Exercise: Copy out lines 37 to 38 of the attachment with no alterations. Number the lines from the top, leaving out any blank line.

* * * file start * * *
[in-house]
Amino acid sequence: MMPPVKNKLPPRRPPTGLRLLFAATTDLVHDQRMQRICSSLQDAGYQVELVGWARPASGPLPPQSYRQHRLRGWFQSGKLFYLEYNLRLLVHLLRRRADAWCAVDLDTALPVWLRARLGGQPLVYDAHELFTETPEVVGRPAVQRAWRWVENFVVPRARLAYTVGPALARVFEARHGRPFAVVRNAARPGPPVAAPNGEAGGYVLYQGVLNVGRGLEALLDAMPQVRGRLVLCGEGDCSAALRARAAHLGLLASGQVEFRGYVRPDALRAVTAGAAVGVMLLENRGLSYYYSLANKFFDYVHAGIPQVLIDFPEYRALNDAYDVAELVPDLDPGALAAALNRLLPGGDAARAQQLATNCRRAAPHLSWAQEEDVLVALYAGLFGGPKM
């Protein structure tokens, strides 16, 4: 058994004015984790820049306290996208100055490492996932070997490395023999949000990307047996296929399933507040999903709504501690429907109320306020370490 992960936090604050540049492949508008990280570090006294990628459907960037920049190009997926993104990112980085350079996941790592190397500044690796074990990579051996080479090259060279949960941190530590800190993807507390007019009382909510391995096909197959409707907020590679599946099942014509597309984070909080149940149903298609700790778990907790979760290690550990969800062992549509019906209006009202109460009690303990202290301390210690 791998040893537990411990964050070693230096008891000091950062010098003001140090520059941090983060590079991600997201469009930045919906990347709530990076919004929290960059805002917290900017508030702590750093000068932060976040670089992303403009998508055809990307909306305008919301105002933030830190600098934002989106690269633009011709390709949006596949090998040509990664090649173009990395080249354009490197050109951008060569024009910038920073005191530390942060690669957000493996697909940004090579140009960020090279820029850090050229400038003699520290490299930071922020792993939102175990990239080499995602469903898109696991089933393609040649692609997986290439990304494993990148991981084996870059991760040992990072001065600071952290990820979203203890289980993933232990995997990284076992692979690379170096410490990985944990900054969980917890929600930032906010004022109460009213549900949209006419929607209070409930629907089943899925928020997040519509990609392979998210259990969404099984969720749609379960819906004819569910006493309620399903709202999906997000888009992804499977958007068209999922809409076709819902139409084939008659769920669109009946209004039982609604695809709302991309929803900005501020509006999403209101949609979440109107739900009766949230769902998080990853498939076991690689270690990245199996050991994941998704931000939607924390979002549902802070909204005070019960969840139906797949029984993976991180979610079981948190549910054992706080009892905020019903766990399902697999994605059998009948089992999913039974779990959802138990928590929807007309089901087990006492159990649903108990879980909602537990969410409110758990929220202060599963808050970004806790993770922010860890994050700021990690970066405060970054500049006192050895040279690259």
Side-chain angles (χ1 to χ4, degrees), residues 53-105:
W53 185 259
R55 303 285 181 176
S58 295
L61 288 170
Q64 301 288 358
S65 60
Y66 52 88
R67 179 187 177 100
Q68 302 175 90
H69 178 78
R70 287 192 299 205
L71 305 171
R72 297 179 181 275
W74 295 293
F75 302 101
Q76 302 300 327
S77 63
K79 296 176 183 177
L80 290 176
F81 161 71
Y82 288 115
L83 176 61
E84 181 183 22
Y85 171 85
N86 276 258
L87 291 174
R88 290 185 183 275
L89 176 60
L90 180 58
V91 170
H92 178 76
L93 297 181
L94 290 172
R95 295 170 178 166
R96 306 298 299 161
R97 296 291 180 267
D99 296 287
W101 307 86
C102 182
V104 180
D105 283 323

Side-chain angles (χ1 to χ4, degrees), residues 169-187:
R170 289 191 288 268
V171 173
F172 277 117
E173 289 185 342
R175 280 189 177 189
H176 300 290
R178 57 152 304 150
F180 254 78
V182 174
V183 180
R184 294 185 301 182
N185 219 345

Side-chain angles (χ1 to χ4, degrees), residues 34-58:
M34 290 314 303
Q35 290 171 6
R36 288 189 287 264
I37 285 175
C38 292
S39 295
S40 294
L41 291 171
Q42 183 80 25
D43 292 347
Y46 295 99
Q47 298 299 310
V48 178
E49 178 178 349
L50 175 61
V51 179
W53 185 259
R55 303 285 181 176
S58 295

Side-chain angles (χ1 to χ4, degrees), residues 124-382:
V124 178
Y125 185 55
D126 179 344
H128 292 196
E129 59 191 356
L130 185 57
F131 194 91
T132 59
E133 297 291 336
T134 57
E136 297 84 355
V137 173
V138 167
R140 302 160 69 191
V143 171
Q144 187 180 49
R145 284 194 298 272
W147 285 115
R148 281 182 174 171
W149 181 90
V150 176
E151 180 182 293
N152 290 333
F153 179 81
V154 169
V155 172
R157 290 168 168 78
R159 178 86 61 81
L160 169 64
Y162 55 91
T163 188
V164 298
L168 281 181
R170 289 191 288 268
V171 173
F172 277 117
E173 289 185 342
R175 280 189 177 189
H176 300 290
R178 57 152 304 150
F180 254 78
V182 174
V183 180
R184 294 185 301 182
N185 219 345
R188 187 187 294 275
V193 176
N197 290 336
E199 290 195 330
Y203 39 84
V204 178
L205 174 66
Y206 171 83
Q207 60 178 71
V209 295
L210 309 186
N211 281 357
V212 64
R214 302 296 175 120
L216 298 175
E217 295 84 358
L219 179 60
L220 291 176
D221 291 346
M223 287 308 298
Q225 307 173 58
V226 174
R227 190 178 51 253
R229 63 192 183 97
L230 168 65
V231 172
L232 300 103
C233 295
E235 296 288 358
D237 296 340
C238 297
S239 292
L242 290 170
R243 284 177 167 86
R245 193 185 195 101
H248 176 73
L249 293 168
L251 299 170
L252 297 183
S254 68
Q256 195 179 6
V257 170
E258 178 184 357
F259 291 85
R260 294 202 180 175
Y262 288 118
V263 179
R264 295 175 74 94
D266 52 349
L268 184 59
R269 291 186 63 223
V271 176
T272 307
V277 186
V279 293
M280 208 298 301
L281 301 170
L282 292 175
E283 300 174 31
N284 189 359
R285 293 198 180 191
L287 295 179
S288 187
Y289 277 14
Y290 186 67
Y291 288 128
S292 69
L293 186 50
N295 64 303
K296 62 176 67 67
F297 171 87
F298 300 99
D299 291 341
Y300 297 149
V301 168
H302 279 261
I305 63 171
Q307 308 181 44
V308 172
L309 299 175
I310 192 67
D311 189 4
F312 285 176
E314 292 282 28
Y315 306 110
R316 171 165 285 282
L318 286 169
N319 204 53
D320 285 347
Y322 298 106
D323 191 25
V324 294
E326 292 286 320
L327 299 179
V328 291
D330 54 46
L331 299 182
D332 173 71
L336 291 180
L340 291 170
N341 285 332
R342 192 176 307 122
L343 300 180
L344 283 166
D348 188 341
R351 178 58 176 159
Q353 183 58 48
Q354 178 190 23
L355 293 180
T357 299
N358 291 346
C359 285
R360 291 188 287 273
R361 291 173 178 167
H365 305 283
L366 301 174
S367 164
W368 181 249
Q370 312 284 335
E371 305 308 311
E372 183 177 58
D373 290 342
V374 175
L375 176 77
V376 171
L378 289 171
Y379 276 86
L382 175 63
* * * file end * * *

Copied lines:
L94 290 172
R95 295 170 178 166